Remember how big your team is.

By now, just about anyone in the world of cubicles and conference rooms has experienced life changing events. The pandemic drove millions of employees home to work. I have kept in touch with many of my clients for the last several months, and as a result have collected many ideas to help leaders leading others through this unprecedented time. In no order, I present them here:

  1. Be human. Recognize that everyone of your employees is likely dealing with this differently than ever other employee. Spend time with them. Schedule more one-on-ones. Don’t just talk about work. Talk about families, hobbies, and interests. Don’t be afraid to ask one of the tough questions, like, “How is this situation impacting you?”
  2. Introverts vs. extroverts. Recognize that different personalities have different needs. Your introverts may be thrilled about more private alone time while your extroverts are going crazy because they want interaction.
  3. Work time. Encourage employees to shut off email and message apps for extended periods of time so they can think and create. (Editorial comment – I believe one of the worst things we’ve invented is instant messaging apps. They encourage bad behaviors, set up unrealistic expectations, and have contributed to the destruction of our ability to think critically.)
  4. No 24/7. Don’t expect your employees to be on call 24/7. Working from home adds different stressors employees are not accustomed to – especially if they have small children at home.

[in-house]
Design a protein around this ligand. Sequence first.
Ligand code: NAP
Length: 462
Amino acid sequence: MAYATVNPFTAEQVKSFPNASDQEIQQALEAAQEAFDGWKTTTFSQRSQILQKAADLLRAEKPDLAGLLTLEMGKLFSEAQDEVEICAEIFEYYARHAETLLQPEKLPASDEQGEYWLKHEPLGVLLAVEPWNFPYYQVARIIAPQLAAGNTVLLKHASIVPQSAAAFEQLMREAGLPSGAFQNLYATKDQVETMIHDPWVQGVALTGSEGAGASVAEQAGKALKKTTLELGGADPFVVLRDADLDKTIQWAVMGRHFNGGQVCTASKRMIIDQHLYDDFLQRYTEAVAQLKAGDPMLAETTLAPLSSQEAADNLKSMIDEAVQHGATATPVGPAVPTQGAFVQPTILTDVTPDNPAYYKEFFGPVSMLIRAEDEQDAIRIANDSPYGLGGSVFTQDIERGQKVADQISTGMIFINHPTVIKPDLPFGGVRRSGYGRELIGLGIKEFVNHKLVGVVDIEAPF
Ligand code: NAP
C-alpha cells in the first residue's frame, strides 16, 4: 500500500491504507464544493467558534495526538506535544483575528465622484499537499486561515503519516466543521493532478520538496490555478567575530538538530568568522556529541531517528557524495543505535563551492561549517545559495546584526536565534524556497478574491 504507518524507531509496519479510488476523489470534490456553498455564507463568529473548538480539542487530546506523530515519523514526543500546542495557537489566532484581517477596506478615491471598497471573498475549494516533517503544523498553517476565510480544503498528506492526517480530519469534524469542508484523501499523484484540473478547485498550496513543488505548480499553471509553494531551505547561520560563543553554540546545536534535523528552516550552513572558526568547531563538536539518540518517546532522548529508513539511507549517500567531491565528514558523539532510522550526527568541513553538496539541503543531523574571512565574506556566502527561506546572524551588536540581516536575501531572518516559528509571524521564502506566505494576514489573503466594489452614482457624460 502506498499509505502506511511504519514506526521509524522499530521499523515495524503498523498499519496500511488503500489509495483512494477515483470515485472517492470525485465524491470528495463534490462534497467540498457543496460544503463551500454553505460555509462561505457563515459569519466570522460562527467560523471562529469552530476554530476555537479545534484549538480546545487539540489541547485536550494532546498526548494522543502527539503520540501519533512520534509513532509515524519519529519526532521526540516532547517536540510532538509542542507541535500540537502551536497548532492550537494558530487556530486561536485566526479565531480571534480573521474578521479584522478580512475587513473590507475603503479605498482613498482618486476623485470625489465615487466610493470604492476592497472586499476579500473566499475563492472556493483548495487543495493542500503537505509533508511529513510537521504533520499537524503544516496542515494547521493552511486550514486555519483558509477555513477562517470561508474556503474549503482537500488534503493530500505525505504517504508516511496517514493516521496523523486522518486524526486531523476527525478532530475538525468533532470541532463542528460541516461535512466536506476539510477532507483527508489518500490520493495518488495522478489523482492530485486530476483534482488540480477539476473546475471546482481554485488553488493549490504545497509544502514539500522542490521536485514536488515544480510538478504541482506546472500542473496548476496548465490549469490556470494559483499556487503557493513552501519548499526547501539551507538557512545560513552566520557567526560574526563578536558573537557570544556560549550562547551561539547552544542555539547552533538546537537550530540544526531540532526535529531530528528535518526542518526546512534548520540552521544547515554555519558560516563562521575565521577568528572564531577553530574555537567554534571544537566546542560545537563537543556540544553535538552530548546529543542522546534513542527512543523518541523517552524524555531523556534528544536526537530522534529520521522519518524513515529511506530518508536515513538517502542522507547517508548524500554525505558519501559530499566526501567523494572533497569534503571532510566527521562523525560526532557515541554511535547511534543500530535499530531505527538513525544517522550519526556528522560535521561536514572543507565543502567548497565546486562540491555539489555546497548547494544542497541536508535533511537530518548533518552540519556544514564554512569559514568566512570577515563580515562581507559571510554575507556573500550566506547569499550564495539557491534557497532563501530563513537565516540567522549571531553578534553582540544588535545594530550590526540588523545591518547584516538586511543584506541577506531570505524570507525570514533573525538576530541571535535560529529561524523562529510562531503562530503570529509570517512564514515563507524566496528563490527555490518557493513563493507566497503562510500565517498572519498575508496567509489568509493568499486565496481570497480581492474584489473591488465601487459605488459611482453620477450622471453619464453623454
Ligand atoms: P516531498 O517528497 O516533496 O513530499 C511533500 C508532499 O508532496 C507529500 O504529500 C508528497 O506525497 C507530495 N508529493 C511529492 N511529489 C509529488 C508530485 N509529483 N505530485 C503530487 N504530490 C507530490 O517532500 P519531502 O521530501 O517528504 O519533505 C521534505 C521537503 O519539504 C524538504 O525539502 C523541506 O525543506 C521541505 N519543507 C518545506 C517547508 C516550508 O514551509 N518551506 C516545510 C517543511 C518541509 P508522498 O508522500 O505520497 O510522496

5. Meetings. Now, more than ever, your meetings must have solid agenda items with clear objectives. They must be tightly facilitated. Some meetings are bad enough when they are in person. They are exponentially worse when conducted virtually.
  6. Encourage social time. Have one meeting a week where there is no structured agenda – at least for part of it. Give employees a chance to catch up with each other. Keep it informal. Also, encourage other social time together. For example, do a Zoom happy hour from time-to-time.
  7. Focus on purpose. Keep your organization’s purpose out in front. With added distractions, it will be more difficult for employees to focus. Help them by reinforcing your organization’s purpose.
  8. Recognize struggles. Know that some employees are going to have difficulties with this situation. They may have a relative or friend dealing with the virus. Children are now at home. Elderly parents are at higher risk. It’s a long list and we have already witnessed the mental health impacts. Keep Employee Assistance Program information available. 
  9. Be an example. Follow these or other guidelines and make it as visible as appropriate. For example, you don’t need to tell employees the details of your morning routine but letting them know how yours has changed helps keep the human element visible. 

As we continue to proceed through many unknowns, your role as a leader, and just being human, is critical to the health and safety of others. This means both physically and mentally. Our thoughts are with you as together, we lead through these crazy times. 

I always welcome phone calls and emails. Let me know if you’d like to talk. Anytime. (Hint, I’m an extrovert)

I’d love to hear your thoughts on this article. Please go out to LinkedIn to add your comments.

Dedicated to your safe and healthy transformation through this unprecedented time,

Steve

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